Minister of Home Affairs Stephen Kampyongo made a very interesting revelation when he featured on the ZNBC Sunday Interview a few days ago. According to him, criminals are generating fake export documents in order to smuggle Mukula logs out of the country and when they reach the border, they simply say a lie that a minister sent them and they expect to pass.
“In his own words, Mr Kampyongo said: “I am not shy to tell you that we had to even go beyond and discipline some of our own law enforcement officers who were being cited to be part of these cartels… Documentation was being manufactured to justify some of these movements of Mukula to some points and there was collusion. Some people are mischievously using some other people’s names. My name was, of course, mischievously mentioned by some characters,” he said.
It is not only his name which is being used by smugglers. He said other ministers, like his Lands counterpart Jean Kapata, have also been mentioned by criminals.
“You know criminal minds can be very clever. If they find a law enforcement [officer] and say ‘no, what we are carrying here is for the Minister of Lands’ even when they know that they are lying, they would expect to get away with that,” said Mr Kampyongo.
We agree with the Minister of Home Affairs. In a normal country, the name of the owner of goods being exported doesn’t matter. It matters less what position they hold in society, but for a lawless country like Zambia where criminals don’t need documents to export natural resources, this is all they need.
Indeed criminals in Zambia have a habit of using other people’s names in order to get away with their criminal activities. However, they don’t just pick names randomly. Like the minister rightly observed, criminals are very clever, so they always make sure that the lies they tell are believable.
But before they decide on a name to implicate, they first consider what they know about the activities that such a minister is involved in. Then to remove any doubt, they make sure to use a name of a minister that fits the narrative of negative public perception.
For example, if smugglers went to the border with 25 containers of Mukula logs and lied that the illegal consignment belonged to Vice-President Inonge Wina, we strongly believe that such a lie would raise a red flag. No officer would easily believe that Her Honour the Vice-President, given what the public knows about her character, would send criminals to smuggle Mukula out of the country.
However, if the criminals went to the border and lied that ‘President Edgar Lungu’s political advisor Kaizer Zulu sent us to take this Mukula to China and he is actually coming behind us to facilitate its passage to the port’, the customs officers would not hesitate to oblige without asking many questions. In fact they would do so hurriedly for fear of being blasted by the mighty powerful Kaizer, not knowing that his name was just being used.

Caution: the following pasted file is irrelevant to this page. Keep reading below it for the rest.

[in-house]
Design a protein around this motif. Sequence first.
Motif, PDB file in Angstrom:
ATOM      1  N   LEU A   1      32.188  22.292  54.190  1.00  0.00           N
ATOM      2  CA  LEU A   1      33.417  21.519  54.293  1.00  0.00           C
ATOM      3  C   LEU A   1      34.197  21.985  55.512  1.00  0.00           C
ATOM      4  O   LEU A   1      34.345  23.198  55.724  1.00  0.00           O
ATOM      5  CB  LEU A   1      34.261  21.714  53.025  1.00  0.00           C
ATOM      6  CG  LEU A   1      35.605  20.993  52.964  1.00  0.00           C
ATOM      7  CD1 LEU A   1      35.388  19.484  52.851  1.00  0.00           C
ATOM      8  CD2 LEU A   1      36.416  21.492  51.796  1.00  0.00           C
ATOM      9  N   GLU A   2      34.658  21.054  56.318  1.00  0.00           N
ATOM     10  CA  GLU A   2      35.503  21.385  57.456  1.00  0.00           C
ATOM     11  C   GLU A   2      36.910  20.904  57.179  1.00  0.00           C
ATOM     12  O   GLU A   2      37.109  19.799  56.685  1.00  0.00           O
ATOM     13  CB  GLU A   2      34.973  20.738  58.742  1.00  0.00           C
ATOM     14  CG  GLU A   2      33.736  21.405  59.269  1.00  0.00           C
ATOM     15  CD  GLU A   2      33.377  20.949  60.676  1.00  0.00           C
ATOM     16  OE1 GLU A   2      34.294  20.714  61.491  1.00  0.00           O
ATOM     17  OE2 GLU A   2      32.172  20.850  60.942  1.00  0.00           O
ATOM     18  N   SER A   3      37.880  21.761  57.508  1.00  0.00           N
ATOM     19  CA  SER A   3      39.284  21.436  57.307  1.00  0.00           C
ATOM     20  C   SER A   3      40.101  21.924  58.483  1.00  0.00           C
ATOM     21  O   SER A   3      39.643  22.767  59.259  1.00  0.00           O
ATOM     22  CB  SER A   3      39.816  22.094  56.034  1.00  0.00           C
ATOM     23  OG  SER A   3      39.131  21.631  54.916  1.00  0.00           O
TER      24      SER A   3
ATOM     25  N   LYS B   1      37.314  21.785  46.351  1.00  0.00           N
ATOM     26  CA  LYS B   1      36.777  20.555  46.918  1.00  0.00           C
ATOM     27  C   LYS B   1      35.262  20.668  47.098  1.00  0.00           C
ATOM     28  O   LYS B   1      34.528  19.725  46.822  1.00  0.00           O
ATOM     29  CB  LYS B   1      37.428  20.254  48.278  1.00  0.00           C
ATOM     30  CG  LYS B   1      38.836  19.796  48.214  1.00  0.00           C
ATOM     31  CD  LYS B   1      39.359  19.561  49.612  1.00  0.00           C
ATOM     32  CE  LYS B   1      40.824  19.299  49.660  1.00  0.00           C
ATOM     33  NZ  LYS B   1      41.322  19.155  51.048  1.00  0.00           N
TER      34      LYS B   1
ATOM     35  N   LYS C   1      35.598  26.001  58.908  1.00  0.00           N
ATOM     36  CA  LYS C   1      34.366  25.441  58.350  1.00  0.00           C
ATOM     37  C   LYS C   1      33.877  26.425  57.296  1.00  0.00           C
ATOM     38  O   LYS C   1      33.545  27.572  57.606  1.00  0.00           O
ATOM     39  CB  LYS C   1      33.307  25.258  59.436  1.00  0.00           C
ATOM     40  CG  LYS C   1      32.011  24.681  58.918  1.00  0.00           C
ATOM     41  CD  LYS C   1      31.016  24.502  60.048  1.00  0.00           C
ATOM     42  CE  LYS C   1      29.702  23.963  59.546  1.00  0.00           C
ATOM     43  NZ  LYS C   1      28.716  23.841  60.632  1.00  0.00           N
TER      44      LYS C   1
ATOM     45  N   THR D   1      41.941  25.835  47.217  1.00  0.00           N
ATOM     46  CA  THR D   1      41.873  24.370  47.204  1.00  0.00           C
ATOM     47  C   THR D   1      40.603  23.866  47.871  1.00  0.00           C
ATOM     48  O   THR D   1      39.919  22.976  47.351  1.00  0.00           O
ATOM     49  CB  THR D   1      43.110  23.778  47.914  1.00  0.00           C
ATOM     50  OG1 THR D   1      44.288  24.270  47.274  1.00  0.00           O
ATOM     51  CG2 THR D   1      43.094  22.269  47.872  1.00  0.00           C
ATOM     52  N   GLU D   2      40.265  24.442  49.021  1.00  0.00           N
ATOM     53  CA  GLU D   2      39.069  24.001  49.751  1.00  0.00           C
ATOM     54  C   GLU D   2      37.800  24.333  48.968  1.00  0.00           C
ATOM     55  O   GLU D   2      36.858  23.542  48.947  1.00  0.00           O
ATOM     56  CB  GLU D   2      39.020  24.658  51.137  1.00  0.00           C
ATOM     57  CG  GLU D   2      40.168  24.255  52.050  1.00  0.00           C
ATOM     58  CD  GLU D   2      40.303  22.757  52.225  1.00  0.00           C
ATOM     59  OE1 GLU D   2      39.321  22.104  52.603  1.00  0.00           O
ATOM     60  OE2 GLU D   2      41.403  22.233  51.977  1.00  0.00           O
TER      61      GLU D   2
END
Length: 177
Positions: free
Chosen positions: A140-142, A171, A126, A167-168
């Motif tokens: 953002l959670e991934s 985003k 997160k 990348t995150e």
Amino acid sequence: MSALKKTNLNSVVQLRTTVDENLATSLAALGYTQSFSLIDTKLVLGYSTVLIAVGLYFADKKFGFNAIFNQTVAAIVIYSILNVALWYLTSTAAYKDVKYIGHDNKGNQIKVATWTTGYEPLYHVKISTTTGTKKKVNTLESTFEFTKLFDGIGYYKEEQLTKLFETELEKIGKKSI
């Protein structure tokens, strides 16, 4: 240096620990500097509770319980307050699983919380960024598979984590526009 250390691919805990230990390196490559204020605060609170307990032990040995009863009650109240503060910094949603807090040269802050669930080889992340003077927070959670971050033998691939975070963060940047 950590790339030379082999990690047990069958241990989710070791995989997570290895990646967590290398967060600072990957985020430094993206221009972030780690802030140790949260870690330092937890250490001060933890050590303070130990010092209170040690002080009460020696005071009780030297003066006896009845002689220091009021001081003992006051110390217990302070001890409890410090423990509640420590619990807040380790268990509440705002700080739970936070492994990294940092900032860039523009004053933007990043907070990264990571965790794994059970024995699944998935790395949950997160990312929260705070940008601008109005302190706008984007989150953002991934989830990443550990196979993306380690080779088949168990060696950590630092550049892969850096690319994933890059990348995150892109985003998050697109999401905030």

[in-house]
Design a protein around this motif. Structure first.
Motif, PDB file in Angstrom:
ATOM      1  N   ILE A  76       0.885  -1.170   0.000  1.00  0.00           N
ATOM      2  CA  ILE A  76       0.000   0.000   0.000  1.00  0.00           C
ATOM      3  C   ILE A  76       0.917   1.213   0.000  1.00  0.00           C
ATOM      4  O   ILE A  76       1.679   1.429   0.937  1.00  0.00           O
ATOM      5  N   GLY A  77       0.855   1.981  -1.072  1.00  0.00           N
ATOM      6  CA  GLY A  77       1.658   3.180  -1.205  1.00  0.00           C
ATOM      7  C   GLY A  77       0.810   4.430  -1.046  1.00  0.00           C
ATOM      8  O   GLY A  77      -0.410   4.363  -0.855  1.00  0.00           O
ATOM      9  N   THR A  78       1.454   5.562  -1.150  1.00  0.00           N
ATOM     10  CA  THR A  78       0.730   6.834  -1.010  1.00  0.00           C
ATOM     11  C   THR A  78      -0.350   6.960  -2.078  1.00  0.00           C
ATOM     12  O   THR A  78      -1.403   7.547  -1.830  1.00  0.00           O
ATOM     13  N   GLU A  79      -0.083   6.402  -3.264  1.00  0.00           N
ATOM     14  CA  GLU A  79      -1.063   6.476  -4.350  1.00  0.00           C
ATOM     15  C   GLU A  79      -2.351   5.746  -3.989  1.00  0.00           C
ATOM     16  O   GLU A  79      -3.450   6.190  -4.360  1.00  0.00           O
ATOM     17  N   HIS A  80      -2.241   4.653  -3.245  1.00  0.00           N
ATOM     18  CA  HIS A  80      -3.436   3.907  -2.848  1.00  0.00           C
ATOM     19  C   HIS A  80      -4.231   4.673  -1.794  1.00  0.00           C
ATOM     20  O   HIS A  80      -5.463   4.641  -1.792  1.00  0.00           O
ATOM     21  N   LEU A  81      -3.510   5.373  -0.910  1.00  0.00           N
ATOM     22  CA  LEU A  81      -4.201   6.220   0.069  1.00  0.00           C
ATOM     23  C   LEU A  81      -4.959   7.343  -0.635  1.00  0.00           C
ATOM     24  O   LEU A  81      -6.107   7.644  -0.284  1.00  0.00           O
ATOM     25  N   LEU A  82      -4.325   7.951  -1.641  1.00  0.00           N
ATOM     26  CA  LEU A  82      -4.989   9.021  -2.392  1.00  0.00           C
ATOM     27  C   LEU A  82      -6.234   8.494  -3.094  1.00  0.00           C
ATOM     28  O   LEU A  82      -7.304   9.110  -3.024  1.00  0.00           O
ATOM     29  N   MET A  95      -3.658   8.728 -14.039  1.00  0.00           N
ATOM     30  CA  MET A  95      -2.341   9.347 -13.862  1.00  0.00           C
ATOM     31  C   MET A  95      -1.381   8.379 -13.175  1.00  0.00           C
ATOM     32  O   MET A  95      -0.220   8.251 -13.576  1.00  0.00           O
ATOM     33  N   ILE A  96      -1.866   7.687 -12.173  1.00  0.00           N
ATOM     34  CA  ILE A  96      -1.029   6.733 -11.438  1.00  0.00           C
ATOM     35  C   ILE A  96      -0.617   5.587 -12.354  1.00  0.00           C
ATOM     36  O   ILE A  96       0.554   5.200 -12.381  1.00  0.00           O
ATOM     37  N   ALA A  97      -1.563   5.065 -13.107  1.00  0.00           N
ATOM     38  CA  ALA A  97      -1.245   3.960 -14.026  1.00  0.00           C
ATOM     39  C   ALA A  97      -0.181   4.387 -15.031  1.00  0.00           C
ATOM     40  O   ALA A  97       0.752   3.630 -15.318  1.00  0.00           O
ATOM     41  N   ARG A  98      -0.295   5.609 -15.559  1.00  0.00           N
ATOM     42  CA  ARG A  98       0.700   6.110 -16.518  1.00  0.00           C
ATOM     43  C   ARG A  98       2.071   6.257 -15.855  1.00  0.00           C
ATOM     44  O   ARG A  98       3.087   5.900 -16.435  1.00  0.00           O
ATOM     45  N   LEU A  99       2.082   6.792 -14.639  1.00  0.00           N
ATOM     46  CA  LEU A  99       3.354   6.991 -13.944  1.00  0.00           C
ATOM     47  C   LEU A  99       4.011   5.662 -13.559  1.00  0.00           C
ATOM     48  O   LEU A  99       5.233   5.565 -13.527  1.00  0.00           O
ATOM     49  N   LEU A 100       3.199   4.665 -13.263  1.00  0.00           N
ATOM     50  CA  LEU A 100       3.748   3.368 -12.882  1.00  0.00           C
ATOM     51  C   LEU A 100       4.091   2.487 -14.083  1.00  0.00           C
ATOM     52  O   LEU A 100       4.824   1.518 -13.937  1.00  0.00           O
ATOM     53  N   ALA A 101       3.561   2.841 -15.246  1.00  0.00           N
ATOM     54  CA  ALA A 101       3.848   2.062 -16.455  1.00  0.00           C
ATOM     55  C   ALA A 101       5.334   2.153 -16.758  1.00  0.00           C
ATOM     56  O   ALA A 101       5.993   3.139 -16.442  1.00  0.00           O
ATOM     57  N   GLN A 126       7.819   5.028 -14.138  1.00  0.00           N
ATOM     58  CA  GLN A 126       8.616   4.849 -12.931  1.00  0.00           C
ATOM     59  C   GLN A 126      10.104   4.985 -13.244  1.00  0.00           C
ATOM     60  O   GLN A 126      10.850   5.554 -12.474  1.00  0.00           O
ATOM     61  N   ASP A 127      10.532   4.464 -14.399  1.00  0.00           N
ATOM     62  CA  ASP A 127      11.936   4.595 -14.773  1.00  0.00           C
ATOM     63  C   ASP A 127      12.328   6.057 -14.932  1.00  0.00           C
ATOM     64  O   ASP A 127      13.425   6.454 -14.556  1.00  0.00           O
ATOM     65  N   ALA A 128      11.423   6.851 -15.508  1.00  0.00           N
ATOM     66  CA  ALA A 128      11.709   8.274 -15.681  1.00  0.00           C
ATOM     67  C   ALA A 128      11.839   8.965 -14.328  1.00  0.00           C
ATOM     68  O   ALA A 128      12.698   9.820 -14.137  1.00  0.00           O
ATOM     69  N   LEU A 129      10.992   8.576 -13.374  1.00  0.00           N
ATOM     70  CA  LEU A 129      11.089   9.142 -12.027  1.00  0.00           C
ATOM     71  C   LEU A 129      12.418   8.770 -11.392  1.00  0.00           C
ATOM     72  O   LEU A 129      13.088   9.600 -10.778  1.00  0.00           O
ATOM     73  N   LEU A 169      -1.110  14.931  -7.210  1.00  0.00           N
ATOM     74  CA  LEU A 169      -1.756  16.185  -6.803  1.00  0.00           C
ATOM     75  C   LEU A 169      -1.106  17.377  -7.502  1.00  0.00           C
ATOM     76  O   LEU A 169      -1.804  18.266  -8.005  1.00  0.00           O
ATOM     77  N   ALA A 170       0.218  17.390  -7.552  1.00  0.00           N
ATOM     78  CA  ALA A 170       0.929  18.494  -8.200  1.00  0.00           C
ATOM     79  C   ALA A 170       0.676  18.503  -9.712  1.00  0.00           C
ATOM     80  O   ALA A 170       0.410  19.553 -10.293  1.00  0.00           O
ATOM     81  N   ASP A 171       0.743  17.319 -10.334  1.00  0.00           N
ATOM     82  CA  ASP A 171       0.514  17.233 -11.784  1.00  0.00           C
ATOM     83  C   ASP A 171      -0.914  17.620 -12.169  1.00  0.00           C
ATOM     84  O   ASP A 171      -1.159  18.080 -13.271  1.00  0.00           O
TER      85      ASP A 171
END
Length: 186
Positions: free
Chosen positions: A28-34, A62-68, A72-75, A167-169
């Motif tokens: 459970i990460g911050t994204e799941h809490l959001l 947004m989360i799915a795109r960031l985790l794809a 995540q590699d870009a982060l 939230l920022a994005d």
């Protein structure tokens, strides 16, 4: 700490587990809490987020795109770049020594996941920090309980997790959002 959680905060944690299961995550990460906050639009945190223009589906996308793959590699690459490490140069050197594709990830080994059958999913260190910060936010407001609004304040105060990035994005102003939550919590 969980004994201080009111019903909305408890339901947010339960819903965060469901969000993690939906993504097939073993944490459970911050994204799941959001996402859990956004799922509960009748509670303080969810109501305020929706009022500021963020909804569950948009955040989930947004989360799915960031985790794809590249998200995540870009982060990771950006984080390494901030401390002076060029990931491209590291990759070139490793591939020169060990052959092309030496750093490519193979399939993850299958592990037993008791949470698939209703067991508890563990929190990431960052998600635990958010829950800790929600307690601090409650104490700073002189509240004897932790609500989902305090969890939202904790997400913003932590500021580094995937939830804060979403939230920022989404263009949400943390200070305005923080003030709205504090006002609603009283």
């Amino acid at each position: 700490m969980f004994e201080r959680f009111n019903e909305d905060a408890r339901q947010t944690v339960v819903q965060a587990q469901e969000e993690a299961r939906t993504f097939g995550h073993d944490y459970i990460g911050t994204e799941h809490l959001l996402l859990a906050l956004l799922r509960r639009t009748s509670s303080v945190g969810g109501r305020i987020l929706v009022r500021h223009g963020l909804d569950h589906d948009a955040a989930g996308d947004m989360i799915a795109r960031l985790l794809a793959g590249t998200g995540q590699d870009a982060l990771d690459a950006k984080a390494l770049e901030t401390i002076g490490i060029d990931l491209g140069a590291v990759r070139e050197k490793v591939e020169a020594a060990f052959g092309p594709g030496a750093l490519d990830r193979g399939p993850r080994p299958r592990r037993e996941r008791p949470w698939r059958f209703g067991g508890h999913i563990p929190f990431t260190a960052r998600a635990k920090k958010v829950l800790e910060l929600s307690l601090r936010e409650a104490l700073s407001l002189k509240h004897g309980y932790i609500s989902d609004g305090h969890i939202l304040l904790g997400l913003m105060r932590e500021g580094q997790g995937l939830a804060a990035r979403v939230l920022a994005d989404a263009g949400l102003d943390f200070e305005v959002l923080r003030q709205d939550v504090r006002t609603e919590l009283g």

It is for this reason that we are concerned about the revelation from the Home Affairs Minister that criminals are using his name and that of Honourable Kapata, among others, to swindle the government and the people of Zambia. We are even more concerned with his admission that law enforcement officers under his ministry have been involved in the cartel.
Out of all the ministers, why would the criminals and corrupt police officers pick Stephen Kampyongo and Jean Kapata? What is it that they know about these ministers that can make their lies believable at the border? Well, the bad news to the two ministers is that in the eyes of the public, they are corrupt. The truth might be different from this perception, but public perception is a form of truth. That is what counts when it comes to criminals getting away with such illegalities.
The question Honourable Kampyongo and his colleague Honourable Kapata must ask themselves is; what did they do to fall into such a criminal narrative to the extent that smugglers start using their names? Bad publicity doesn’t fall from hell, it is built over a period of time and an innocent person strives to clear their name. What has the minister done about the people who are using his name? Which court are they appearing in? Why have they not been prosecuted?
Honourable Kampyongo cannot claim that his name was merely used because of the nature of government position he occupies. Customs Officers work for the Zambia Revenue Authority and the Zambian Revenue Authority falls under the Ministry of Finance. Why are these criminals not using Margaret Mwanakatwe’s name? Why are they not using Davies Chama’s name who is in charge of the Ministry of Defence. Why are they not using the Minister of Foreign Affairs? It is because they know that Minister Kampyongo and Minister Kapata’s names are perpetually linked to corruption, regardless of whether they are guilty or innocent.
It is not enough for the Home Affairs Minister to discipline criminal elements in ranks and file of the law enforcement wings. Discipline must start with him. He must dissociate himself from people of questionable character. There are many businessmen out there who would love to shake hands with him because of his influence, and he should know better that in business terms, especially among tenderpreneurs and contractors, a handshake means more than just “how are you”.
If truly Mr Kampyongo is innocent and the corruption perception is unfairly bestowed on him, he must change his ways and re-evaluate his friends. If it pains him that he is being hanged for sins he did not commit, the time is now, while he still has State influence, to build a positive image of himself. If he allows the prevailing public perception to define him, Zambians will have a reason for believing that his past is haunting him.